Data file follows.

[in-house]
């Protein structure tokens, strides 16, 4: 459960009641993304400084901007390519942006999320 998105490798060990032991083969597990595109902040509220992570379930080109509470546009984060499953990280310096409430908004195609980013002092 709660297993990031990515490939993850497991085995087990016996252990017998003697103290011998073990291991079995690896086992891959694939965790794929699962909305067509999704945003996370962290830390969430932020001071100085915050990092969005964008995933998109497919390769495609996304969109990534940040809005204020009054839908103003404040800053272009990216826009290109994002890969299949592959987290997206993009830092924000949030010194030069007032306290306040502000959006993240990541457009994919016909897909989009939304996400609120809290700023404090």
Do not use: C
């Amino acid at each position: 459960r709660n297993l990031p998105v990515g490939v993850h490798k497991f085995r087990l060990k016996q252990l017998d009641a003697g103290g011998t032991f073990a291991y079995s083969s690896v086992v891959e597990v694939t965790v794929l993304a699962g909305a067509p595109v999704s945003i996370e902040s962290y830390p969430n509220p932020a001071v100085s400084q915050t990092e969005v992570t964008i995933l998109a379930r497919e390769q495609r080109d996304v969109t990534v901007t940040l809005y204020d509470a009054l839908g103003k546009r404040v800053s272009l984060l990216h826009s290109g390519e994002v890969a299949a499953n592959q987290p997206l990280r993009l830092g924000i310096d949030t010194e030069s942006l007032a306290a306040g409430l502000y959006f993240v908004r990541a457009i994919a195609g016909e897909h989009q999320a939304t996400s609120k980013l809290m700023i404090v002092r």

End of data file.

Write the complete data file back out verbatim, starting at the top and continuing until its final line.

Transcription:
[in-house]
């Protein structure tokens, strides 16, 4: 459960009641993304400084901007390519942006999320 998105490798060990032991083969597990595109902040509220992570379930080109509470546009984060499953990280310096409430908004195609980013002092 709660297993990031990515490939993850497991085995087990016996252990017998003697103290011998073990291991079995690896086992891959694939965790794929699962909305067509999704945003996370962290830390969430932020001071100085915050990092969005964008995933998109497919390769495609996304969109990534940040809005204020009054839908103003404040800053272009990216826009290109994002890969299949592959987290997206993009830092924000949030010194030069007032306290306040502000959006993240990541457009994919016909897909989009939304996400609120809290700023404090």
Do not use: C
């Amino acid at each position: 459960r709660n297993l990031p998105v990515g490939v993850h490798k497991f085995r087990l060990k016996q252990l017998d009641a003697g103290g011998t032991f073990a291991y079995s083969s690896v086992v891959e597990v694939t965790v794929l993304a699962g909305a067509p595109v999704s945003i996370e902040s962290y830390p969430n509220p932020a001071v100085s400084q915050t990092e969005v992570t964008i995933l998109a379930r497919e390769q495609r080109d996304v969109t990534v901007t940040l809005y204020d509470a009054l839908g103003k546009r404040v800053s272009l984060l990216h826009s290109g390519e994002v890969a299949a499953n592959q987290p997206l990280r993009l830092g924000i310096d949030t010194e030069s942006l007032a306290a306040g409430l502000y959006f993240v908004r990541a457009i994919a195609g016909e897909h989009q999320a939304t996400s609120k980013l809290m700023i404090v002092r």